Article updated below.
HELENA, Montana (LifeSiteNews) — The Traditional Latin Mass will be suppressed in the Diocese of Helena, Montana.
Bishop Austin Anthony Vetter ordered an end to the Old Rite in the Diocese of Helena effective Ash Wednesday, March 2.
His decision contradicts a statement he made in October that the Traditional Latin Mass (TLM) could continue. Latin Mass Montana lists two churches in the diocese that offer the Old Rite.
“Bishop Vetter did not issue an official statement, and instead stated via Fr. Bart Tolleson that he delegated authority to Fr. Sean Raftis and Fr. Lebsock to announce the new policy,” the lay group wrote on its website.
“In October 2021, Bishop Vetter met with numerous parishioners at St. Richard in Columbia Falls who attend the 8AM TLM, in the wake of Pope Francis’ Motu Proprio Traditionis Custodes (TC). Bishop Vetter stated at the meeting that ‘St. Richard is the TLM parish of the Diocese, and nothing will change regarding the TLM at St. Richard,’” the group continued.
“Bishop Vetter claims now that ‘Rome is forcing his hand’ and that the clarifications from the Dubia responses made him act, but the analysis of canonists and the decisions of other bishops in the US and abroad contradict Bishop Vetter’s position.”
The diocese does not have a parish served by the FSSP or ICKSP, orders of priests who exclusively celebrate the TLM, and the official response to the purported Dubia said that priests cannot say the Ordinary Form of the Mass (also known as the Novus Ordo) and the TLM on the same day. However, canonists who spoke to National Catholic Register said that the Responsa ad Dubia do not have legislative force.
The Latin Mass Society of the of the U.K. has a report raising concerns about the Responsa’s compatibility with canon law as well. Cardinal Raymond Leo Burke recently said the Responsa, in relation to Traditionis Custodes, are “confusing” and “contradictory.”
The Responsa have not been published in the Acts of the Apostolic See, the Vatican’s official record.
Latin Mass Montana said it asked Vetter, assuming the Responsa are even in force, to use Canon 87 to dispense the priests from their prohibition on saying both the Novus Ordo and TLM on the same day. This practice, which was permitted to all priests by Pope Benedict XVI’s Summorum Pontificum (2007), is known as bination.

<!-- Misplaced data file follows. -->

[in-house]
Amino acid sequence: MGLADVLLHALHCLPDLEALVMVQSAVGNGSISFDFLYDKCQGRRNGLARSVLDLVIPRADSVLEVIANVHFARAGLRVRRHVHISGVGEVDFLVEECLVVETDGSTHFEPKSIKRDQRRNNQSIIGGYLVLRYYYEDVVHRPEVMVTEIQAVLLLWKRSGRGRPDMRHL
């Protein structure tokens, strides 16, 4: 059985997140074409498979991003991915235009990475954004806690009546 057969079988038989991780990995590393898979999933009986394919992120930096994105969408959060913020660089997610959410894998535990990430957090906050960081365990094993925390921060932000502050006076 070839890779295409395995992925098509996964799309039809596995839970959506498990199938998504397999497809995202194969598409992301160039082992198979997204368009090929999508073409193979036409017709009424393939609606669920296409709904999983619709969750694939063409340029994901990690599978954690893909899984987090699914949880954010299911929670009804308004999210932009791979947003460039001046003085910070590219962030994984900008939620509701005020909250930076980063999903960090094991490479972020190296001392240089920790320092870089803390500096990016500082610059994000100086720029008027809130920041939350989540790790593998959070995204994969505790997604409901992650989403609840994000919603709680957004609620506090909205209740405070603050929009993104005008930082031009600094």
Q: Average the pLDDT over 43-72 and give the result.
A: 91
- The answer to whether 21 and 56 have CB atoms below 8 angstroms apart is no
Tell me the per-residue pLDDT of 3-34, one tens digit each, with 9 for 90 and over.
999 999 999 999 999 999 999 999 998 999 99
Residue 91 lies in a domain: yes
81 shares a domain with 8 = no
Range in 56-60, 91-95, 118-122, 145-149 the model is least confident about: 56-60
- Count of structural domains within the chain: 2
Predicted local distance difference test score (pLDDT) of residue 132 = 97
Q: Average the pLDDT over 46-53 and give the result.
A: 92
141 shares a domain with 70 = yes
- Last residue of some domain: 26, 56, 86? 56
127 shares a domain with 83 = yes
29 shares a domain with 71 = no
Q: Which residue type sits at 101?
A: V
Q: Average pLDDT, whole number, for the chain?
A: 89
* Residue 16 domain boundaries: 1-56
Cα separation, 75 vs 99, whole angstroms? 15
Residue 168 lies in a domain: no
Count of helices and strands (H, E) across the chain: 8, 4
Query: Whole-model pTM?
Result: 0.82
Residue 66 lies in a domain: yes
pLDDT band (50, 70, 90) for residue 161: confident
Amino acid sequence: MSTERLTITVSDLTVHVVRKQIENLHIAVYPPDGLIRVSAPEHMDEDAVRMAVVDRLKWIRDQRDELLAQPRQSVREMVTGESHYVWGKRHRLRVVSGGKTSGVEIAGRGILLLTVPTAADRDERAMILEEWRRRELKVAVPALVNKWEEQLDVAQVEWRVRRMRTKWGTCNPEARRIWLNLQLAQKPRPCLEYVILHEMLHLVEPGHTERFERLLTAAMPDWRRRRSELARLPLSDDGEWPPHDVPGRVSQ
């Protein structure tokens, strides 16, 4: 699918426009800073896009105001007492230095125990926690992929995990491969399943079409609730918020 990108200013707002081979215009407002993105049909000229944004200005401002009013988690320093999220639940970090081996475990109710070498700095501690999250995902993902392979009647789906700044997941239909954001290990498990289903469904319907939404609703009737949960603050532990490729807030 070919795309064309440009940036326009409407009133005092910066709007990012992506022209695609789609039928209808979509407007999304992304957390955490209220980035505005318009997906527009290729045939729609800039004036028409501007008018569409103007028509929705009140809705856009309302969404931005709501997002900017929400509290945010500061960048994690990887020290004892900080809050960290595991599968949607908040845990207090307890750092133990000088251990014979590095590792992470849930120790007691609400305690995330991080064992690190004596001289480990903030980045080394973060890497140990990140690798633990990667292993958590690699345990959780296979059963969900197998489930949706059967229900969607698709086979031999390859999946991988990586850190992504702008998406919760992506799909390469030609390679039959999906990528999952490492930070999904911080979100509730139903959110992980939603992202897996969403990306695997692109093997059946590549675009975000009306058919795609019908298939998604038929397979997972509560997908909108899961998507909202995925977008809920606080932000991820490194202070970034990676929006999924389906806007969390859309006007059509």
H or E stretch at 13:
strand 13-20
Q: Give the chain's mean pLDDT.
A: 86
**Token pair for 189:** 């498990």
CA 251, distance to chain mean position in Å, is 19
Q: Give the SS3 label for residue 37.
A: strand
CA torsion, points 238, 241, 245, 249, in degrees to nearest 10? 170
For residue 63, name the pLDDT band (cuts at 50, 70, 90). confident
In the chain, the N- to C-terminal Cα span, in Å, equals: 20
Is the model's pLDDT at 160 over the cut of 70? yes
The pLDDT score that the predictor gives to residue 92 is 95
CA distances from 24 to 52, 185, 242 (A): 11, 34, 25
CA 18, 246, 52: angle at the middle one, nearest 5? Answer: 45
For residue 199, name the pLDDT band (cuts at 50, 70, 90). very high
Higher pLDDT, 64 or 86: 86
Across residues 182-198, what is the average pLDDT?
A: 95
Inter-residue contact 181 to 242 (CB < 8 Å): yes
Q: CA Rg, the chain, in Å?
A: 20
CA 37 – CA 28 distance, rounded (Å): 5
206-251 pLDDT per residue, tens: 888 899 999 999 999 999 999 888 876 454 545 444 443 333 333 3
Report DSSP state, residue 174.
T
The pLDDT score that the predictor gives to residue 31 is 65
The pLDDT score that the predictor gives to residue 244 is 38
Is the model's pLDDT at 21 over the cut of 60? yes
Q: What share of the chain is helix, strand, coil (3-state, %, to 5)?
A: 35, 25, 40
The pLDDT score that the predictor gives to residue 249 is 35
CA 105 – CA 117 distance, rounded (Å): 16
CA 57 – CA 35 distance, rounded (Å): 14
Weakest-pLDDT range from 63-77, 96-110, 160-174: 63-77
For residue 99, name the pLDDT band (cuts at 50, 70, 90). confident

According to Canon 87, “A diocesan bishop, whenever he judges that it contributes to their spiritual good, is able to dispense the faithful from universal and particular disciplinary laws issued for his territory or his subjects by the supreme authority of the Church.” It has been used by other bishops, such as Bishop Thomas Paprocki in Springfield, Illinois, to dispense their dioceses from the new restrictions on the TLM.
But according to Latin Mass Montana, Vetter has no plans to follow Paprocki’s example.
“Bishop Vetter’s written response to our request to exercise his authority to override the ‘bination rule’ using canon 87 was ‘I won’t grant it,’” the group wrote.
“This response seems to further prove the point that it is in fact his decision and not Rome’s that has led to the suppression of the TLM in the Diocese of Helena.”
The group commented that this will not help build trust in the diocese and urged prayers for the bishop.
“In our previous meetings with Bishop Vetter, he stated that he’s very concerned about the need to build trust in his Apostolic Office and that the Church in Montana is in decline overall, especially in the wake of the disastrous abuse committed by priests and religious of the Diocese,” the TLM group wrote.
“Making such an abrupt complete change in position does not build trust and has now damaged what trust was being built with the many families and individuals who value the TLM.”
“Please especially pray and sacrifice for Bishop Vetter so that he understands what Pope Benedict explained in his letter that accompanied his Motu Proprio Summorum Pontificum: ‘What was sacred for prior generations, remains sacred and great for us as well, and cannot be suddenly prohibited altogether or even judged harmful.’”
UPDATE: “The Diocese of Helena has no comment at this time,” spokesman Dan Bartleson told LifeSite on Tuesday.
Bartleson had said on Monday after the article came out that the Diocese was working on a response.
“Thank you for the opportunity to participate in your coverage,” he said.
To assure the Bishop of your prayers and to make your own thoughts known in this matter, please respectfully contact the Chancellor of the Diocese of Helena, Fr. Jeff Fleming:
Chancellor of the Diocese of Helena